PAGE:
Bug 130835 - Adding multivariate correlation analysis for nominal and parametric variables
Summary: Adding multivariate correlation analysis for nominal and parametric variables
Status: NEW
Alias: None
Product: LibreOffice
Classification: Unclassified
Component: Calc (show other bugs)
(earliest affected)
Hardware: All All
: medium enhancement
Assignee: Not Assigned
Depends on:
Blocks: Data-Statistics
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Reported: 2020-02-21 12:55 UTC by Foad S. Farimani
Modified: 2022-10-23 19:46 UTC (History)
4 users (show)

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Description Foad S. Farimani 2020-02-21 12:55:44 UTC
Following this Tweet thread:


I was asked 


to open a feature request here.

Basically, the issue is that for multivariate correlation analysis at the moment Andrew F. Hayes 's SPSS macro, PROCESS, is the de facto tool used in the practice. As truly mentioned in this paper by Carden et al:


"There do exist a handful of ready-made solutions for implementing [Johnson-Neyman Technique] JN, but they suffer from one of several drawbacks. First, the highest-quality existing implementations are for software solutions requiring expensive licenses. The best known is the PROCESS add-on (Hayes, 2013b) for SAS and SPSS. There are a few problems with this. First, some researchers do not have access to SAS or SPSS, which are prohibitively expensive. ... To be sure, there are free solutions, but they suffer from at least one of the following drawbacks: the graphics are of bad quality, the process is not streamlined in that it requires the user to complete the linear regression and creation of the JN figure separately, or the user experience is intimidating to those without programming experience. For example, the probemod package (Tan, 2015) for R produces a graphic that would require considerable editing before being suitable for publication, and the linear regression must be completed separately beforehand, so the process is not as streamlined as it could be. The “rockchalk” package (Johnson, 2016) produces a higher-quality graphic but still requires the linear regression to be completed beforehand. Last but not least, Kristopher Preacher maintains the website www.quantpsy.org (Preacher et al., 2006) that allows one to run the JN technique. However, the user must manually enter the coefficients, coefficient variances, and so forth. As these must come from a software program, such as SPSS, one must toggle between software and website. Thus, it is not as seamless as it could be, and it may be prone to error when users enter their coefficients. Additionally, the site produces figures that are not publication-ready."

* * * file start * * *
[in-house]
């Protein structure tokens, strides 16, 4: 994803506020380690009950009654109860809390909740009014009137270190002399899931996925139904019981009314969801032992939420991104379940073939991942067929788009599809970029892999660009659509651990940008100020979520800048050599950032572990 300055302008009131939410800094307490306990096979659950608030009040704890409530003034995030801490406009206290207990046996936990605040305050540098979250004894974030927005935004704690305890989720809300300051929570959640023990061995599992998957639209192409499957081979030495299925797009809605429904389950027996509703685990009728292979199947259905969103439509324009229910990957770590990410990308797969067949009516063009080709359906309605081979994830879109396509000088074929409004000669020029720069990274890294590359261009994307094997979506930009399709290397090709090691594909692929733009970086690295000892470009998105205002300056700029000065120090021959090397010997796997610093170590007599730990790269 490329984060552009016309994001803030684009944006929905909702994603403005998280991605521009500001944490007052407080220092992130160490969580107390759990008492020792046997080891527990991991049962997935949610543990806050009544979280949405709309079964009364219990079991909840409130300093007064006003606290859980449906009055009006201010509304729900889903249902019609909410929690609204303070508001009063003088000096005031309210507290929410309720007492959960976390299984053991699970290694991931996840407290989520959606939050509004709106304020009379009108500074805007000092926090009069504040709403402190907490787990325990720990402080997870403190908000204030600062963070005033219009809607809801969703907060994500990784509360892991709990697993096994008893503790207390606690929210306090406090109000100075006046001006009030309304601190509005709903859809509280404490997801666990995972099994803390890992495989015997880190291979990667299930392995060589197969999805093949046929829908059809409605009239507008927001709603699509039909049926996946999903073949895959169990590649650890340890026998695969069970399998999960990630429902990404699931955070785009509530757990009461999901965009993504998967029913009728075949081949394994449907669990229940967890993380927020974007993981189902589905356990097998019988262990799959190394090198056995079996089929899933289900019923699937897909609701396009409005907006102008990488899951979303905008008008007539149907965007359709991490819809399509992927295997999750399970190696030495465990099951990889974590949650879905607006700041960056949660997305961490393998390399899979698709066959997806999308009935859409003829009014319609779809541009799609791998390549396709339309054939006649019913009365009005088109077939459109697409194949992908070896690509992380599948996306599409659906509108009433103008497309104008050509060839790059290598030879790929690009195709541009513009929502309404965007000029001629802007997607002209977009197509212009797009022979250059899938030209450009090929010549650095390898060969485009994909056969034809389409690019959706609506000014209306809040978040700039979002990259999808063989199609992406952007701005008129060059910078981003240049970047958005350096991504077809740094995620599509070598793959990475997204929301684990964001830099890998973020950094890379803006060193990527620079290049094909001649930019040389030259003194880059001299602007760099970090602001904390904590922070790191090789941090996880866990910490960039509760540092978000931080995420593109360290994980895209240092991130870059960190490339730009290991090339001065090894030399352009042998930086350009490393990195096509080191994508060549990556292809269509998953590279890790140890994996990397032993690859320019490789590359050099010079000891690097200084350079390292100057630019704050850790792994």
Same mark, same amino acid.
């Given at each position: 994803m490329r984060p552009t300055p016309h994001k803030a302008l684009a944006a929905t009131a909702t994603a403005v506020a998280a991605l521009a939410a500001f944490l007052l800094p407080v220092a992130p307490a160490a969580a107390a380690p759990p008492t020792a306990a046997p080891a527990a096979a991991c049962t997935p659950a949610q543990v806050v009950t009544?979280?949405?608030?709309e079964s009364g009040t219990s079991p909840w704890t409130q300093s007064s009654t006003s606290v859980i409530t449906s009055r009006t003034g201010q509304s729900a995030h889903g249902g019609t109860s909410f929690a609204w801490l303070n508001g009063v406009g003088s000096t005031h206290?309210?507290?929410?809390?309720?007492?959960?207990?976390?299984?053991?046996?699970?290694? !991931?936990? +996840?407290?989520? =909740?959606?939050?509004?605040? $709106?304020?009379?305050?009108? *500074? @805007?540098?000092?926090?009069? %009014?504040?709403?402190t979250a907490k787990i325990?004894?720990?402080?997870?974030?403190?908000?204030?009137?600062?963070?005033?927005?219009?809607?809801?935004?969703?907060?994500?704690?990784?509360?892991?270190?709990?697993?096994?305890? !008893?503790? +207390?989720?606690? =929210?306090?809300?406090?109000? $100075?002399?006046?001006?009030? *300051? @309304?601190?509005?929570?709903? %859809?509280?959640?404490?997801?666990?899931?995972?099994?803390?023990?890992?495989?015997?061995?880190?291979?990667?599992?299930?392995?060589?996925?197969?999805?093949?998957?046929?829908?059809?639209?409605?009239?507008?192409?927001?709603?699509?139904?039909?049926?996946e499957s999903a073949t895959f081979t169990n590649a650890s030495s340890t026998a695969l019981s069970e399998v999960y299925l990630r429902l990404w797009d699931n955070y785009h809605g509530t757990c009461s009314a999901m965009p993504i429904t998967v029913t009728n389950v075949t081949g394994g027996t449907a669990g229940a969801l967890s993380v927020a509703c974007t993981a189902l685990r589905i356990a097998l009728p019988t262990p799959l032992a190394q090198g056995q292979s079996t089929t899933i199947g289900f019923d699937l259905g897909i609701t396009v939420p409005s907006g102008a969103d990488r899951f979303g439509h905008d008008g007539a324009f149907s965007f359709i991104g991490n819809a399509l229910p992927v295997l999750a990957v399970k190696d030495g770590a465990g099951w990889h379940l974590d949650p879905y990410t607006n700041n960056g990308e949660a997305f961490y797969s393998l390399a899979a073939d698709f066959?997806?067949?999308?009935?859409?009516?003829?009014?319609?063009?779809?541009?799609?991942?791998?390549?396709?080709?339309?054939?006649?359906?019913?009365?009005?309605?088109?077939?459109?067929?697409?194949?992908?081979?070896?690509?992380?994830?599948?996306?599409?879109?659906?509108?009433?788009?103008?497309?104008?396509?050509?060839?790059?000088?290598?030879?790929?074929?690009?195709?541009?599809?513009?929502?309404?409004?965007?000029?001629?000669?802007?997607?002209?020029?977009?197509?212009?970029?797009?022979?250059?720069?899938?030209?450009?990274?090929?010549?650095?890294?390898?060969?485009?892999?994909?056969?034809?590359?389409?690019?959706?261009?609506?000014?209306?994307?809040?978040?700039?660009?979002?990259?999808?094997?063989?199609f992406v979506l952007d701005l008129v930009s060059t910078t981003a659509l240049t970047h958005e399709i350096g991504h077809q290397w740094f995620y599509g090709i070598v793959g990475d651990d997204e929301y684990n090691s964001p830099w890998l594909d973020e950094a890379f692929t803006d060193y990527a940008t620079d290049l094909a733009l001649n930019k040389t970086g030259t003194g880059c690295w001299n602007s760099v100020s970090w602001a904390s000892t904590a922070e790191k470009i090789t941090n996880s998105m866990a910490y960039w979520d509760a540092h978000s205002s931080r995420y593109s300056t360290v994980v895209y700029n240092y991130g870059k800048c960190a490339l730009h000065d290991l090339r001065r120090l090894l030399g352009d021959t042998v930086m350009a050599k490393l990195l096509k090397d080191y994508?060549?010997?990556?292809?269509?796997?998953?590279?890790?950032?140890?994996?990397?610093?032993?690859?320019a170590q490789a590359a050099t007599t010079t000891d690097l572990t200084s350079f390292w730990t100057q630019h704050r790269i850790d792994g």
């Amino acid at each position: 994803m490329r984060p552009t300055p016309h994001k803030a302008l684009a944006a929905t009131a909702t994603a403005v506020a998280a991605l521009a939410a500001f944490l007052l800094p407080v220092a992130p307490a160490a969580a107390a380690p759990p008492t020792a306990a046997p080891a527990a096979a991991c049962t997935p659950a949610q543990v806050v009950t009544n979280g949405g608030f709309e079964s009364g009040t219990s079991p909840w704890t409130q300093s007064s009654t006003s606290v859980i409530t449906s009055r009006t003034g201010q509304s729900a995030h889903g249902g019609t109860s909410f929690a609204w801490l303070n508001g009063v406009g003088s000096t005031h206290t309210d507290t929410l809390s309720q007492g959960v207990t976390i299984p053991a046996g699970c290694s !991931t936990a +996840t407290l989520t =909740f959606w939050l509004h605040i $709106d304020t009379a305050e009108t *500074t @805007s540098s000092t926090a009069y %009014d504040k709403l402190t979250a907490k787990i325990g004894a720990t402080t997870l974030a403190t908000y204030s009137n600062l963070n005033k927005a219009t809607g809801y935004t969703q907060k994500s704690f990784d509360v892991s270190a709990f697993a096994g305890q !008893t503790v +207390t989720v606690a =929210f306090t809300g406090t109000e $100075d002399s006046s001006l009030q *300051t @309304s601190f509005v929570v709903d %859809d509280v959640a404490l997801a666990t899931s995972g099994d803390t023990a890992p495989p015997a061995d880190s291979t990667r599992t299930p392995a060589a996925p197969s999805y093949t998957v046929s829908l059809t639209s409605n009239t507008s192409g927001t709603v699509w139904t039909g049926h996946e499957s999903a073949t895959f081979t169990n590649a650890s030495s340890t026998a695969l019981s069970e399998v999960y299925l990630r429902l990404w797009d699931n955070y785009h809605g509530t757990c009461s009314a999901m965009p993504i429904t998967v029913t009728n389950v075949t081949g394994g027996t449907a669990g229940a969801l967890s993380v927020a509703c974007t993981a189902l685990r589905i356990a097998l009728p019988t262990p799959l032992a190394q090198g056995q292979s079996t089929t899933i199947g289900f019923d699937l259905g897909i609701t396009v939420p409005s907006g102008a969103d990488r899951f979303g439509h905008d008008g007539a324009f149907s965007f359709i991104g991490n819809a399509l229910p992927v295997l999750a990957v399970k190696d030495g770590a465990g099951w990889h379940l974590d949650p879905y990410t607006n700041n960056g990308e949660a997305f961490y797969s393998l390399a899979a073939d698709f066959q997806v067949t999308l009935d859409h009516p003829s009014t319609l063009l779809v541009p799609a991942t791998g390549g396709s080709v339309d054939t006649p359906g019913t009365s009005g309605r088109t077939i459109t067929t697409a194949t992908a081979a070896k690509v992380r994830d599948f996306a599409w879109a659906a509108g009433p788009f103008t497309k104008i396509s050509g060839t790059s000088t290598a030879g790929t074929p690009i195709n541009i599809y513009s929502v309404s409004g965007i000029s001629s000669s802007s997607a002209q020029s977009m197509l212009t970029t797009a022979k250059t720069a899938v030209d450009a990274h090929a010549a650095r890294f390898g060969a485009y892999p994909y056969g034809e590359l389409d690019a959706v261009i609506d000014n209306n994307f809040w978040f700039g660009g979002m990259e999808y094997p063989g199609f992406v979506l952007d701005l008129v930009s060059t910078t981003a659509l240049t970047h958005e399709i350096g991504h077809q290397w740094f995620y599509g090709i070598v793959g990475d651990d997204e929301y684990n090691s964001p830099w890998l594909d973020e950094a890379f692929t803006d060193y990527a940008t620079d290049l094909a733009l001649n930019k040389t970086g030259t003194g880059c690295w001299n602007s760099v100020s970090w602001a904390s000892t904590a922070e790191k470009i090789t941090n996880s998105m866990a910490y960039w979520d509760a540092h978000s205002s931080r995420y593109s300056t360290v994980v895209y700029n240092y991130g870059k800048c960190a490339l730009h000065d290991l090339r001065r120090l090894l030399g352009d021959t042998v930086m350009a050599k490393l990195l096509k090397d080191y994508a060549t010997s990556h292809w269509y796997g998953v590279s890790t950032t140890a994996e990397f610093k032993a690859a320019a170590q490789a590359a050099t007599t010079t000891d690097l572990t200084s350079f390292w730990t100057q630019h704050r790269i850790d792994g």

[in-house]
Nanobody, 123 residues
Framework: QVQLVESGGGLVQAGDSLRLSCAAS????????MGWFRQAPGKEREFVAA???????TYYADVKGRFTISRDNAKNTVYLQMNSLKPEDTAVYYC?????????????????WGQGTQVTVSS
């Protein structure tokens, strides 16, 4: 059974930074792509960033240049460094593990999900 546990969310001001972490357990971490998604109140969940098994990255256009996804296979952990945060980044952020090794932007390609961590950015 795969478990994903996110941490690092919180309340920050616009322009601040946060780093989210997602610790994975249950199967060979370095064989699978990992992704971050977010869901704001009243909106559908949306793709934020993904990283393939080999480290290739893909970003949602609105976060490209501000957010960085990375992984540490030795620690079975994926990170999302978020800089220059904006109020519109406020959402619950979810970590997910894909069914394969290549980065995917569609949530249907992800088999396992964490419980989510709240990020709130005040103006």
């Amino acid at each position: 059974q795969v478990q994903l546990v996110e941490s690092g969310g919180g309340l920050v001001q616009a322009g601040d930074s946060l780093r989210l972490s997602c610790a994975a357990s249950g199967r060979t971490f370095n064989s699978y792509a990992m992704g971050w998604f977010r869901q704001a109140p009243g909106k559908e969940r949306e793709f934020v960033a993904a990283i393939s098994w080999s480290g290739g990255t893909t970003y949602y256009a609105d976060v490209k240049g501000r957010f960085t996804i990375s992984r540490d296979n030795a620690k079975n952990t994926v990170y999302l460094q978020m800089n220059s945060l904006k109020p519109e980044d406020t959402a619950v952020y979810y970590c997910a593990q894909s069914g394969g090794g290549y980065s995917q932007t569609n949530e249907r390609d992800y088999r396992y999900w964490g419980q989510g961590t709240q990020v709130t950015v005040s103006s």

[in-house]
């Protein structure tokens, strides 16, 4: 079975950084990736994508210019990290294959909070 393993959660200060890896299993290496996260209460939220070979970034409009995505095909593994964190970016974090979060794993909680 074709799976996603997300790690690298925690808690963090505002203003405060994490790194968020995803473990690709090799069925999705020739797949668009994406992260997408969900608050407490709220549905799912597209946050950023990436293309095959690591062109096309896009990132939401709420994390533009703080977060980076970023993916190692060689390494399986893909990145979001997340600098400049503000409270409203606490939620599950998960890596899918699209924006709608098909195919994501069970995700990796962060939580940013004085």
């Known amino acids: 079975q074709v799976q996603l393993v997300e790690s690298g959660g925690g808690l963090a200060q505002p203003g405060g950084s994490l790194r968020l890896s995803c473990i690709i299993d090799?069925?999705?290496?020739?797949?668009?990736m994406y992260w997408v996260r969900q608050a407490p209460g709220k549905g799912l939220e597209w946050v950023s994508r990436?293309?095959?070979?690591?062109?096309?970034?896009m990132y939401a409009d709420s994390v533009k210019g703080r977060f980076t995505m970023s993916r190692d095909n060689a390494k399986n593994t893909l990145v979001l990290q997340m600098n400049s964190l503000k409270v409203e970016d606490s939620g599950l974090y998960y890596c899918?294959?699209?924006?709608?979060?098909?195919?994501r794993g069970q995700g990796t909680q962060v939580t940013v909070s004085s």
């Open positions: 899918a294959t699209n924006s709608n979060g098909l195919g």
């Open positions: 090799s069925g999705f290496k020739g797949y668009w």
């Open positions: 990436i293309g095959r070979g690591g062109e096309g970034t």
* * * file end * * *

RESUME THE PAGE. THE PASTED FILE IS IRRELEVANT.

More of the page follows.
the situation for multivariate correlation analysis is pretty cumbersome. However, Condal et al., in my humble opinion, cease to address the concerns and surprisingly try to replace one proprietary software, SPSS, with another, Microsoft Excel:

"CAHOST, our workbook for implementing JN, is freely available, familiar to researchers of all levels, automates the linear regression, and produces publication-ready graphics."

Similarly, many people don't have access to the expensive MS products or, like me detest using any proprietary software at all. So here my proposal is to reimplement Hayes's PROCESS macro for LibreOffice Calc. Some of the Free, Libre, And Open Sorce (FLOSS) reimplementations of the methodology are:

1. Quentin André Python library PyProcessMacro https://github.com/QuentinAndre/pyprocessmacro
2. R package processR by Keon-Woong Moon: https://github.com/cardiomoon/processR
3. processr R package by Mark White: https://github.com/markhwhiteii/processr/

This I believe would significantly increase LibreOffocice's user base, especially in the humanities who are, stereotypically, more convenient with GUI programs rather than programing languages.
Comment 1 Foad S. Farimani 2020-02-23 16:26:44 UTC
I posted this question here


to start understanding the math behind the JN method
Comment 2 Xisco Faulí 2020-03-17 10:24:01 UTC
Moving to NEW